You took some of my classes, years ago. Reviewing the lectures would be smart too. And I know you’re smart!

  • Kate Mallinger

    Yes! Yes…. I wholeheartedly agree. I’ve heard the phrase “purple prose” and believe that is similar. Recently I dealt with my elderly aunt who dug her heels in saying basically that purple prose is literary and genre is junk…. Well, we all have our opinions so I insisted she read my YA fantasy paranormal….Lol. Yeah. Amazingly she told me it was “rambunctious” and why would I label it YA? What was that? She’s not kept up with the writing world today, but I was flattered. She liked it! And I think it opened her mind, just a tad.

  • Leonard Elmore’s writing shows character Deep POV at its best, Margie. Thanks for this timely post. I’m in revisions now, and getting into my character’s skin is one of my favorite parts of writing.

  • carrienichols

    I love Elmore Leonard’s books and you can see when you read them that he took his own advice. I have a tendency to get writerly in my rough drafts but when I go back and polish, I always ask myself if my character would really think like this. If the answer is no, then out it goes no matter how pretty or pleasing the words.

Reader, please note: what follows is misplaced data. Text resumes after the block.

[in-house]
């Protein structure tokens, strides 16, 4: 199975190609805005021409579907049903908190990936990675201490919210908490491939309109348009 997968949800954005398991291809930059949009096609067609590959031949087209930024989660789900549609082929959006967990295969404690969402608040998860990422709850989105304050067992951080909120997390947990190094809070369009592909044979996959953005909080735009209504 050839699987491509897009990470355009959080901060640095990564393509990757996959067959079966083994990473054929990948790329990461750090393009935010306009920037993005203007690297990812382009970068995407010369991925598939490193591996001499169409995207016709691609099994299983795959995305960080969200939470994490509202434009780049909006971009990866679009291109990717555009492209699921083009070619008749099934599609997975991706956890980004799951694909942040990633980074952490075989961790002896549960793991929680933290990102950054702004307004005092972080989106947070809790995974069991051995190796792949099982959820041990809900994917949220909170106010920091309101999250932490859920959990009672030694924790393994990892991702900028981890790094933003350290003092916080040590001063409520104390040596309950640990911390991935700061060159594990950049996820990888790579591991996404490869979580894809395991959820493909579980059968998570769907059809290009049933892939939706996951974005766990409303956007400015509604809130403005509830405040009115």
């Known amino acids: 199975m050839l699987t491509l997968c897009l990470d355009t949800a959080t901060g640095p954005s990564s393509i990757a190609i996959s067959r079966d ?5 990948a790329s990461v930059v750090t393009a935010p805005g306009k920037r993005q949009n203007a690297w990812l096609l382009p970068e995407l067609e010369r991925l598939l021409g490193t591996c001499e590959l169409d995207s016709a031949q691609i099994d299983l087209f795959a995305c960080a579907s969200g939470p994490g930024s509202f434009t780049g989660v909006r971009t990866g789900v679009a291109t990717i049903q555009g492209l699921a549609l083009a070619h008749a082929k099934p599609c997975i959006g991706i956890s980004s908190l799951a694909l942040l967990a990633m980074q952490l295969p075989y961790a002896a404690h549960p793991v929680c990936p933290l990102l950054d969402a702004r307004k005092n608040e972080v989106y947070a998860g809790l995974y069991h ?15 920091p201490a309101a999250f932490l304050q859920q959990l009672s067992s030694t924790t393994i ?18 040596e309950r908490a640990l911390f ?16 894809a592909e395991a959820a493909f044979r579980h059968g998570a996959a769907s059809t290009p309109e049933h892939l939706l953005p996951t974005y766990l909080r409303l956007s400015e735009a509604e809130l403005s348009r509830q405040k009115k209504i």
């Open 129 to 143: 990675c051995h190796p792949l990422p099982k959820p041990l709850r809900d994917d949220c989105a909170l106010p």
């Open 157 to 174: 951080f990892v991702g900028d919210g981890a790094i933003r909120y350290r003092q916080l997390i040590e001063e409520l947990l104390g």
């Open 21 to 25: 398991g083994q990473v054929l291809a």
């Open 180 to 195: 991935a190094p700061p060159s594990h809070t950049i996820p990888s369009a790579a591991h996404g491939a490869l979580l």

• Hi Margie, another great post. I like your comments about diluting the power. Excellent point. Thanks for these reminders.

  • I discovered Deep POV in a workshop given by Suzanne Brockmann, and I swear by it for my writing. You’re so right about making sure the narrative “matches” the character and isn’t the author stepping in. I think about ‘writerly stuff’ when I go through my editing process and am tempted to replace a “normal” word with a “fancy” one. Stronger ones, yes. Thesaurus-sounding ones, no.

  • Great post Margie. Made me check over my current WIP hunting for writerly words — erghh. I found some. Thank you! Hugs. Brilliant as always!

  • Linda Sentivanac

    Reminds me to live in my character, and not think too much! An article I will save in my “Writing” folder.

    • Hello Linda —

      Great to e-meet you! Glad the blog resonated.

      If you’re not familiar with my online courses and lecture packets, drop by my website and check them out. Dozens of deep edit learning opportunities!

  • Always a nice reminder of bad habits.

  • I still have “writerly” in my head from Immersion. Thanks for pounding it in a bit deeper with these examples. 🙂

    • Hellooooooo Jenny!

      I love you so much, I’m happy to pound, tap, knuckle, and drill deep editing into your head. 🙂